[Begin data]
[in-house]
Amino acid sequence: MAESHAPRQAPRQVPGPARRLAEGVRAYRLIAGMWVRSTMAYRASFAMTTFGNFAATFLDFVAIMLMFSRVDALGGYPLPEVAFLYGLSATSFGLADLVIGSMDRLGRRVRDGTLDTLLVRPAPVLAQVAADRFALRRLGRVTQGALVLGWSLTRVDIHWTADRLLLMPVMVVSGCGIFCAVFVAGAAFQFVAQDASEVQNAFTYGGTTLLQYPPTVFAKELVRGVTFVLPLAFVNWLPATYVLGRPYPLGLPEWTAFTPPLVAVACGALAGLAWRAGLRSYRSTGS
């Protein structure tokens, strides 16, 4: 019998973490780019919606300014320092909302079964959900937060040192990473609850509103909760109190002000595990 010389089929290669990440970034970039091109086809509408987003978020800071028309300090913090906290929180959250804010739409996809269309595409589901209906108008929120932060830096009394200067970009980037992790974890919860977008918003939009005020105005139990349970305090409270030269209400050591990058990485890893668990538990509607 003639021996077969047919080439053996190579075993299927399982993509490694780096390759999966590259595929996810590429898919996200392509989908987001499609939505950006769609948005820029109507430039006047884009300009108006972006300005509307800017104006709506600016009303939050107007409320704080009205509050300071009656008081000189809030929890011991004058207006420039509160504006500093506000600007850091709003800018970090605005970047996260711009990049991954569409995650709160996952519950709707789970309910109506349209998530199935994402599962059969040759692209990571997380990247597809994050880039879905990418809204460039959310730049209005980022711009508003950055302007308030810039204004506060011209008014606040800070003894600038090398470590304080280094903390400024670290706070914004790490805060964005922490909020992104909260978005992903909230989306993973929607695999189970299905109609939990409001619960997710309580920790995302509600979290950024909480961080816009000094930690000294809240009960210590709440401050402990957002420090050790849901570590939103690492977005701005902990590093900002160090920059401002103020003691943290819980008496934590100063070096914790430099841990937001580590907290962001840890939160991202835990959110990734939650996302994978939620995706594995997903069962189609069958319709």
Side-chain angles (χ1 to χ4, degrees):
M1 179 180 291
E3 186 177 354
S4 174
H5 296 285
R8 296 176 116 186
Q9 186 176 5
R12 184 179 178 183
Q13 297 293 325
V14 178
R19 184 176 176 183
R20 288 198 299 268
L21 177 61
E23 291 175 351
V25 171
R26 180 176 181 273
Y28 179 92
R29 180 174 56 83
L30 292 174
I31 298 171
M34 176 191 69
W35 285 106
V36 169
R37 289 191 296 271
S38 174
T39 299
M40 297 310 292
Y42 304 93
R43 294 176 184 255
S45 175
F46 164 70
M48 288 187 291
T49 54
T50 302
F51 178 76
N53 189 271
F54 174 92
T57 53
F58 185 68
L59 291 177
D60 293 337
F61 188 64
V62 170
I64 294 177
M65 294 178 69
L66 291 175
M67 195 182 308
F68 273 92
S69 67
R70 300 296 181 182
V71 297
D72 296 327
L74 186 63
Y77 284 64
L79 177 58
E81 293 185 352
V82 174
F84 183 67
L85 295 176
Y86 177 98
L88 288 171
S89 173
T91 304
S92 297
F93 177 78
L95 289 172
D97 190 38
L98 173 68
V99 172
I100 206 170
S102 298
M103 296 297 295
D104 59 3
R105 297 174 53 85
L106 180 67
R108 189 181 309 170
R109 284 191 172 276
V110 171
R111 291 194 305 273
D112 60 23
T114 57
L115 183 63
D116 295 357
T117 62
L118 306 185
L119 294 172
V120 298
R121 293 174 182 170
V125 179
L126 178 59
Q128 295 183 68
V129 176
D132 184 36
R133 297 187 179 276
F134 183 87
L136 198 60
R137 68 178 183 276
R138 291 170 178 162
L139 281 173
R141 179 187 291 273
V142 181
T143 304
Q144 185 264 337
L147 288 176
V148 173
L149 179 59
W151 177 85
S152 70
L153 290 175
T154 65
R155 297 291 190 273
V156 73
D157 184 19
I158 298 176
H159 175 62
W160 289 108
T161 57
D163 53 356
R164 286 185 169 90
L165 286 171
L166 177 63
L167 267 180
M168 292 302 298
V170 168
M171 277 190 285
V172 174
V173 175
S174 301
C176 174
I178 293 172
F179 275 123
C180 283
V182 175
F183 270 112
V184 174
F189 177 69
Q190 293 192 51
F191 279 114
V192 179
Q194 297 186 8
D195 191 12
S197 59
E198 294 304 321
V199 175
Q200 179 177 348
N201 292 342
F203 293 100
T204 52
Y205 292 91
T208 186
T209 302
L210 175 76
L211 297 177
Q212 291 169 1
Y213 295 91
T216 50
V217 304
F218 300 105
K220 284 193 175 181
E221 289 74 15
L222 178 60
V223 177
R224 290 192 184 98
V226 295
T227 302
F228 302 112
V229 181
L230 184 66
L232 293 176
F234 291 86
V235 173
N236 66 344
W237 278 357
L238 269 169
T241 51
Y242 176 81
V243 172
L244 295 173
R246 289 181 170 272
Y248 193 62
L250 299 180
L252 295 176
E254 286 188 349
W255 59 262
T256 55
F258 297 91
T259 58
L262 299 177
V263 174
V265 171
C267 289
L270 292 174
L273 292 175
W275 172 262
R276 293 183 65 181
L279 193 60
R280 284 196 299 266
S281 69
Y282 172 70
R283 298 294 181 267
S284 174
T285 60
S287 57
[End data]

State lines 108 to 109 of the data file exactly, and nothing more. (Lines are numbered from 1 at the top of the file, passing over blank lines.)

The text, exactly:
V148 173
L149 179 59